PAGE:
In this episode Lou talks with Dan Morrison, a journalist and artist who lives in Torrington, Connecticut, the birthplace of John Brown. The basis of the conversation is Dan's recent explainer video, "Was John Brown a Terrorist?" an Explainer Video which succinctly and effectively addresses a theme that so many have distorted and skewed. Dan is a listener of John Brown Today but he does a lot of thinking about the Old Man on his own, and he's working on a project that will interest JBT listeners for sure. This episode closes with Dan's Explainer Video soundtrack, but you will be able to view and listen to it on YouTube here:
Mary Ellen Pleasant and "The Rule of Credible Evidence"
In this episode, Lou discusses the story of Mary Ellen Pleasant, an African American woman who has been lauded for her civil rights activities in 19th century San Francisco, but--more important to this podcast--claimed to have been a confidant and supporter of John Brown. Along the way, Lou shares a number of examples of stories and reports that connected claimants to the John Brown story, some of them obviously false, others arguably true, and some in-between, with a mix of the credible and interesting with fabrications and farce. This is especially the case with Mary Ellen Pleasant whose claims, made before she died in 1904, to having aided and supported John Brown, particularly with a gift of $30,000, have been renewed in the press in recent years, winning Pleasant a place in Black History as an ally of John Brown. Unfortunately, whatever her legacy entailed, her place in the John Brown story is quite questionable, and in "Mary Ellen Pleasant and 'The Rule of Credible Evidence,'" Lou will explain why.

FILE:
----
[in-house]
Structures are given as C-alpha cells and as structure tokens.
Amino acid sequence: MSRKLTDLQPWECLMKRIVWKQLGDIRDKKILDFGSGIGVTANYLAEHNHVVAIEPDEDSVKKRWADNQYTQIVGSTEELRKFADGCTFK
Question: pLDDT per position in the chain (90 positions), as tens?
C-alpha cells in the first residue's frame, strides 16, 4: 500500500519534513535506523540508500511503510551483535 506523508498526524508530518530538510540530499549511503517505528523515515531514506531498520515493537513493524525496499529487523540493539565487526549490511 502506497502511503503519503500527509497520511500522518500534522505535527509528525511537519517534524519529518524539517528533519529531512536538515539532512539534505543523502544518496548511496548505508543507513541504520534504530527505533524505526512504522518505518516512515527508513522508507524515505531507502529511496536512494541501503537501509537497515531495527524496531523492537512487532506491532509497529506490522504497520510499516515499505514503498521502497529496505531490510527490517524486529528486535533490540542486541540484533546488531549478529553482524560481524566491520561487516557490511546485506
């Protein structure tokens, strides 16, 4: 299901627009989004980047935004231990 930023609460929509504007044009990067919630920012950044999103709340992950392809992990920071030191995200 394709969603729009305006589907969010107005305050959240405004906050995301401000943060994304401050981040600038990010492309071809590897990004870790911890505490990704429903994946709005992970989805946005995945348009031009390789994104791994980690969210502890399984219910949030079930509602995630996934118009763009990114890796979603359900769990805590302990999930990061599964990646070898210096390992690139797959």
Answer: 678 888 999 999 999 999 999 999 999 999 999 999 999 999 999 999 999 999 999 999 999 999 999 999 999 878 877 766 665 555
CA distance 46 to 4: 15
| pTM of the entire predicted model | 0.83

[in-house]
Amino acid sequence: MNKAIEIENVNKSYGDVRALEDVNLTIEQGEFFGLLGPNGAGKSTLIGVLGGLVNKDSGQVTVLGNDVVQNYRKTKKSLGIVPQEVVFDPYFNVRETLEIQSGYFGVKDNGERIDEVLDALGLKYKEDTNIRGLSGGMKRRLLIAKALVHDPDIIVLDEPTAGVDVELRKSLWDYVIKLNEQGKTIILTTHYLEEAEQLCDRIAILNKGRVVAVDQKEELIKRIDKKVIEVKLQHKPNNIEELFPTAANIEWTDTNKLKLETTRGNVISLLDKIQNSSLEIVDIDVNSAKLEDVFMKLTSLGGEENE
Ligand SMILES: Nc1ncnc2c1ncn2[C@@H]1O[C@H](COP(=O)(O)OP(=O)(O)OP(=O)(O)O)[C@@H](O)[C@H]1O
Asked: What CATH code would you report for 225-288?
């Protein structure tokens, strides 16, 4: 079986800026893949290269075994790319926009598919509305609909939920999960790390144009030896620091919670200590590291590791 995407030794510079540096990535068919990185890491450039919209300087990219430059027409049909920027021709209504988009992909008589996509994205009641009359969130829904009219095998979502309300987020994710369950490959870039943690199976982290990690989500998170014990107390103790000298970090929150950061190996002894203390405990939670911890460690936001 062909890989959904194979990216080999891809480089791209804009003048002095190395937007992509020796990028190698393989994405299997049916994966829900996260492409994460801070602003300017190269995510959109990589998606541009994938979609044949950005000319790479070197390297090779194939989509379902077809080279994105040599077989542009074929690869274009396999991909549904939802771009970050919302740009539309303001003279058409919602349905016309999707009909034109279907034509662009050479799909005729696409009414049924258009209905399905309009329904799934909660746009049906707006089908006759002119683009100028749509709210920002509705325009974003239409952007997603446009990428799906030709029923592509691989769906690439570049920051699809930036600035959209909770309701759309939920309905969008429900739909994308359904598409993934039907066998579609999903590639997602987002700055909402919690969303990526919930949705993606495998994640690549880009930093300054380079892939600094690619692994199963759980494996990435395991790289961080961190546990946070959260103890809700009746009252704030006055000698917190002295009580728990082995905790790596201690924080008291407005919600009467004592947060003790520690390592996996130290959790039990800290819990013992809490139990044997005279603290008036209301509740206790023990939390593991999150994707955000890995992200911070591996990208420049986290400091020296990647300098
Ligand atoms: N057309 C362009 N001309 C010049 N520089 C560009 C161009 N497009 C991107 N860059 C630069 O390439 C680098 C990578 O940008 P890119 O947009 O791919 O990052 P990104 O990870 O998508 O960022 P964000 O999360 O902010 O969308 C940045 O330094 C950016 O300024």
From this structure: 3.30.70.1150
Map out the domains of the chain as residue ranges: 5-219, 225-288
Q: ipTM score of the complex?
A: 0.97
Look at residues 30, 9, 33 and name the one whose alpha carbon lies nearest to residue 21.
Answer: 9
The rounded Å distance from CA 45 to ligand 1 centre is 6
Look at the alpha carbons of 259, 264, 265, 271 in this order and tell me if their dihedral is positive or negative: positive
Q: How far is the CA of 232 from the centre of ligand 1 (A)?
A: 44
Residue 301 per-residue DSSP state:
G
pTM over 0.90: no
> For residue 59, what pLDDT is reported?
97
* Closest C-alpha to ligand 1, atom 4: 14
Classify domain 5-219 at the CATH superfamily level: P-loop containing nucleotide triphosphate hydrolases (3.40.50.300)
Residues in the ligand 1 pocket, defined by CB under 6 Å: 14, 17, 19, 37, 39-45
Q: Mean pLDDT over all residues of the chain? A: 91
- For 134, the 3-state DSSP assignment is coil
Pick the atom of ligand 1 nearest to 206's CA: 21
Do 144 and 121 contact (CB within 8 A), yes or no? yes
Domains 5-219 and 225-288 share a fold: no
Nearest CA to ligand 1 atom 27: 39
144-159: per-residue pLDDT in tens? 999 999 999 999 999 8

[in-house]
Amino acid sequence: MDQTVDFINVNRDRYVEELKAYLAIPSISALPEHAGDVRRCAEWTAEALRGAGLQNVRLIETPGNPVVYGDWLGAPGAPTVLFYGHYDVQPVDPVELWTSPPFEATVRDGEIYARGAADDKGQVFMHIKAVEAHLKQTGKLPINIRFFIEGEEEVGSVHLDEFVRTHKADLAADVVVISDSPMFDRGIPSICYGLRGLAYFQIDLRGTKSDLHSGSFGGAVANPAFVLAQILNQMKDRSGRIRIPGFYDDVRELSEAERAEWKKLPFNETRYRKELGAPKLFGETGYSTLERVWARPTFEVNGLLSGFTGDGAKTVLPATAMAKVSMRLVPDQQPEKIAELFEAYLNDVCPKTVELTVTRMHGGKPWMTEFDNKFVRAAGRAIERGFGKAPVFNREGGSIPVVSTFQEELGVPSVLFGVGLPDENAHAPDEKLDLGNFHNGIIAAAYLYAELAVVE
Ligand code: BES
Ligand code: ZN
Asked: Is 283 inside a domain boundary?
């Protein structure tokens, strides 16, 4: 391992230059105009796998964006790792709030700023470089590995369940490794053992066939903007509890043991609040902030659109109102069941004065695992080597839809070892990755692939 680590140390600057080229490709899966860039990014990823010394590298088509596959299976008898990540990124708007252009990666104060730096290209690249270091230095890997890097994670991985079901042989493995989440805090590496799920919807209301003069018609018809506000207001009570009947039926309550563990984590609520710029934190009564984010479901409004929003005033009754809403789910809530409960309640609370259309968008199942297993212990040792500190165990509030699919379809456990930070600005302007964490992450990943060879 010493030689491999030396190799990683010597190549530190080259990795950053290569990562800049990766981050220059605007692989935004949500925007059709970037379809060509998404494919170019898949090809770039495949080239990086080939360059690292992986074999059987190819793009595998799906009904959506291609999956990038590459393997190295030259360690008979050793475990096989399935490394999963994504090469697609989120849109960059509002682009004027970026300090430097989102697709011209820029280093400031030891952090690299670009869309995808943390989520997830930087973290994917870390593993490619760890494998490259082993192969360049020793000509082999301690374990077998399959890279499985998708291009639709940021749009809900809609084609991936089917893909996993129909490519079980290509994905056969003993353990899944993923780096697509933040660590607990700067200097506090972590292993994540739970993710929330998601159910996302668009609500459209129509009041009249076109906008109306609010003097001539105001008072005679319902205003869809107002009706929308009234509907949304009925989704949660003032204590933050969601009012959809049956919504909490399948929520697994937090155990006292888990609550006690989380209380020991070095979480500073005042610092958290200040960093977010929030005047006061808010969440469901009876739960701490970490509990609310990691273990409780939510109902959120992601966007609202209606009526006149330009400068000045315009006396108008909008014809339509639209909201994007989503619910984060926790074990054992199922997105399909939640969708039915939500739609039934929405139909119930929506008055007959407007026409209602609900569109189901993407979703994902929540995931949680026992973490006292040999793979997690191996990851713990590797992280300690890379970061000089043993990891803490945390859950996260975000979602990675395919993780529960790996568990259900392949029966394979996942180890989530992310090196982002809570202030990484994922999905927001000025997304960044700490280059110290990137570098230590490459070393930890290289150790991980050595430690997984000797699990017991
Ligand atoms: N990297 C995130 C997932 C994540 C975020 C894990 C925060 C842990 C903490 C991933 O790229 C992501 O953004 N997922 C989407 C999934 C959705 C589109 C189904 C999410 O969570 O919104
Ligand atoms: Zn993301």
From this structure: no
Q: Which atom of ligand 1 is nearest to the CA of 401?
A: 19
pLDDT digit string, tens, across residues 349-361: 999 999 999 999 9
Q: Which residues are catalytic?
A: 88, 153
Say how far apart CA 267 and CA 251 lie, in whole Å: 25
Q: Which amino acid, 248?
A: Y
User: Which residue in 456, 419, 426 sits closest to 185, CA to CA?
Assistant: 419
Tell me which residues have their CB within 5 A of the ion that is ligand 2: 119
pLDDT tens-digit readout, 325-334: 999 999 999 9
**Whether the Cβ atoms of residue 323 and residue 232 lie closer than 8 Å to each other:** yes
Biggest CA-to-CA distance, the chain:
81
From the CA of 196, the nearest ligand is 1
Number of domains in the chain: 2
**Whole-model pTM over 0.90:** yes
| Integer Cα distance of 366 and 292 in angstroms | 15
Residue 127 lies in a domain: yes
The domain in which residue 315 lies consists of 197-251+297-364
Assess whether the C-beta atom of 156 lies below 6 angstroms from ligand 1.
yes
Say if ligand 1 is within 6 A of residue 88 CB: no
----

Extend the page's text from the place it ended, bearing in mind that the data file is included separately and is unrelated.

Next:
PS Happy 162nd Harper's Ferry Raid Anniversary, Browniacs!
Very interesting and well-produced
DeCaro does a wonderful job of presenting the historical John Brown to listeners through primary and secondary sources. He’s comprehensive in his treatment, yet demonstrates the rare ability to stay concise and provide an approachable overview.
As someone engaged in graduate fields of theology and biblical studies, I was interested to learn more about Brown’s post-millenarian context within the Reformed tradition. DeCaro did not disappoint. Again, he managed to introduce the listener to a complex history (and theology) in an accessible way.
But in my view, what sets this podcast apart is his presentation of the “cultural John Brown.” He applies the historical-critical method to dispel conventional misconceptions and historical misrepresentations of Brown. I’d highly recommend the very first episode as well as the episode entitled, “All Their John Browns,” in season 2 episode 3.
This podcast was very interesting and well-produced. I look forward to reading DeCaro’s books and recommended sources.
It’s like taking a class but you don’t have to take an exam and you can study further on your own. Does anyone remember the childhood song called John Brown Had a lLittle Indian? I wonder where that title and the lyrics came from.
It would be nice if you did a podcast on each raider and life at the Kennedy farm